Thursday, August 18, 2011

The elephant in the room...

by David Whitehouse

Human beings are, by nature, curious creatures. Every now and again I’ll hear a story, and I simply can’t imagine the circumstances. Certainly this is the case when I hear about the life (or unfortunately more often, the death) of a profoundly morbidly obese individual; someone literally unable to shift their own weight. How does a person get so big, I’ve wondered. Who enables this? How is a person so immobile for so long that their skin FUSES with the fabric on which they rest?

David Whitehouse’s auspicious debut novel deals with just such an individual, but I don’t want to give the impression that this is some sort of salacious tabloid story. On the contrary, it’s a portrait of a family viewed through the eyes of the younger son. This first-person narrator is never actually named, beyond being “Mal’s brother,” so fully is his identity subsumed.

Malcolm Ede was an unusual and difficult child. How much of it was attention-seeking (public nudity will do that), and how much was the attention merely a by-product of other forces that drove Mal’s behavior? It’s hard to know, because we’re not inside Mal’s head. Their life together is viewed through the prism of his brother’s eyes. And this is what he sees, “His idiosyncrasies amplified his achievements. When he swam, it seemed he swam farther than anyone else. An outsider on his own terms, he was free to build his own rules around him, rules that no one but him could hope to understand. Not even me. I was carried in his slipstream…” And perhaps because of who and what Mal is, his brother is the type of person who, when addressed by the wrong name, won’t bother correcting you.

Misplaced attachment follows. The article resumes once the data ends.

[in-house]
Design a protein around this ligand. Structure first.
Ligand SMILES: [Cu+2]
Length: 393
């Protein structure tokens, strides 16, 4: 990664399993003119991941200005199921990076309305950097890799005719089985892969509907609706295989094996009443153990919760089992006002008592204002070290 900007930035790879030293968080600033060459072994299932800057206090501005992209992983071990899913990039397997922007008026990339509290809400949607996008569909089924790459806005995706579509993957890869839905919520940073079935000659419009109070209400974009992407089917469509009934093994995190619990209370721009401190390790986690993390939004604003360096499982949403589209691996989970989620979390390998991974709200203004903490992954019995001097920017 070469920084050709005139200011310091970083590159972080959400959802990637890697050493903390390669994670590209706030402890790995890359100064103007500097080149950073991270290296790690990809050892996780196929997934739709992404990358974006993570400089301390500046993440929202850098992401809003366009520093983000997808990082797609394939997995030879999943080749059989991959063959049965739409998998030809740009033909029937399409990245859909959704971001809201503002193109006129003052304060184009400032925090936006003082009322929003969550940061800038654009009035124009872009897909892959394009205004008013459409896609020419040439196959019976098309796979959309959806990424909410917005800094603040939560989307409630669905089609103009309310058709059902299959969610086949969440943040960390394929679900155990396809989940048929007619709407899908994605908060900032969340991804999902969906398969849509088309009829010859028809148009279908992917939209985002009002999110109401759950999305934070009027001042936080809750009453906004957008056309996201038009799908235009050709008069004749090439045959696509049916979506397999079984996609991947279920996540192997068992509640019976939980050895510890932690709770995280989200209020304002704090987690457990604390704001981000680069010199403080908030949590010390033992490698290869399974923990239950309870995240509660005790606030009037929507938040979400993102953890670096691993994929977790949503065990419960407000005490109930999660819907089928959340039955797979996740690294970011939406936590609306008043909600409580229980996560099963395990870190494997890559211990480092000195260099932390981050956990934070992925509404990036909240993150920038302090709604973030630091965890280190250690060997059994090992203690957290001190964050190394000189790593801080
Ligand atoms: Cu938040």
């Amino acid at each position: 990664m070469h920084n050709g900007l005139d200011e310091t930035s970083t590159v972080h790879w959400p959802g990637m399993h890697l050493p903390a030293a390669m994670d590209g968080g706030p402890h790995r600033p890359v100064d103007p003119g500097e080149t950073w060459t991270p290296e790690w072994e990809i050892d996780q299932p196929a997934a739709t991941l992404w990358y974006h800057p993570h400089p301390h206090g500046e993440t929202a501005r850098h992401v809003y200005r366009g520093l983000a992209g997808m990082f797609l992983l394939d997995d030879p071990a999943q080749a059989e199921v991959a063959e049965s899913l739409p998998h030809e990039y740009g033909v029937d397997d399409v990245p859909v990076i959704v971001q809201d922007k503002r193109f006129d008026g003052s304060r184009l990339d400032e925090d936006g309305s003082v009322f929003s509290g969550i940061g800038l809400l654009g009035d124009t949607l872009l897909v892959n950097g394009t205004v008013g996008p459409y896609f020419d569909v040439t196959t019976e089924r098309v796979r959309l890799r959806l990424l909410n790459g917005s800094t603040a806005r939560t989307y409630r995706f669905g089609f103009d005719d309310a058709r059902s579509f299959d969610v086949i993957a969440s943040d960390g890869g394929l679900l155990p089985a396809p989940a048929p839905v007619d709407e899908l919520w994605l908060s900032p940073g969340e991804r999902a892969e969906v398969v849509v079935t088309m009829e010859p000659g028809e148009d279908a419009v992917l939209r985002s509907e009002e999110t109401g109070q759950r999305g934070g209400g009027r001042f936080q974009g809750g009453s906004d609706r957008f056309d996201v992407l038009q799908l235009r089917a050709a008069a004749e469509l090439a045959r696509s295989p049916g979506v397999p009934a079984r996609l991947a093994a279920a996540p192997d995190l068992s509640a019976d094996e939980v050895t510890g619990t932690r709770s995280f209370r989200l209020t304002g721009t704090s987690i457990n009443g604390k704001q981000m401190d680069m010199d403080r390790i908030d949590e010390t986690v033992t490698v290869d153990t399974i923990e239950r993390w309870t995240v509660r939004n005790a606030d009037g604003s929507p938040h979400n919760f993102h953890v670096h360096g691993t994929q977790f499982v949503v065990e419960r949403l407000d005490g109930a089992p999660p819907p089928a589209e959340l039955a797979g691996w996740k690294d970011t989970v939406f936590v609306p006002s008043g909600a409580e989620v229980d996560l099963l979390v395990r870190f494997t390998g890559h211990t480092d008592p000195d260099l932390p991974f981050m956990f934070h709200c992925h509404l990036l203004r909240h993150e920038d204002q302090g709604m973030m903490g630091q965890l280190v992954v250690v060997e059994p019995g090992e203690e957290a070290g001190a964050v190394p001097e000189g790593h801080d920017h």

At the present time, Mal is 45 and his brother is 43. They are both currently sharing a bedroom in their childhood home. For Mal, and for his family, it is “Day Seven Thousand Four Hundred and Eighty-Three.” That is, it’s been 7, 483 days since Mal last left his bed. He refused to get up on his 25th birthday, and there he has lain for the past 20 years. Eating. Today he is the fattest man in the world, and there are estimates that he weighs over 1,400 pounds! Says his brother, “He looks like an enormous sea monster caught and displayed in a Victorian museum of the grotesque.”

So again, how does this happen? Who enables this? Says his brother, “I look into Mal’s eyes every day. There is nothing wrong with him. He isn’t mad. He wasn’t mad when he was a child, he isn’t mad now as a great big deflated hot-air balloon of skin. This isn’t what we need to discover. You can’t get the right answers unless you ask the right questions. And there is one. Why?” There are no simple answers to these questions, but in the telling, we will learn of the entire Ede family’s history together, told from the boys’ early childhood, moving forward in time, with interludes in the present day.

Mr. Whitehouse’s story-telling ability is excellent. He will frequently reference something out of context, making the reader sit up and pay attention until the explanation surfaces. The book is short at 256 pages, and most of the 84 chapters are only a few pages at most. It’s a quick read, and I found myself more and more compelled by the story and invested in the characters as I went along. It’s all so dysfunctional, including the romance at the heart of this story, but I cared about these people.

“Mal grew bigger and wider and rounder and heavier. Like a colony of ants, we worked and lived and fed around him, pretending that everything was normal, which in the strangest of ways it was.” The elephant in the room.

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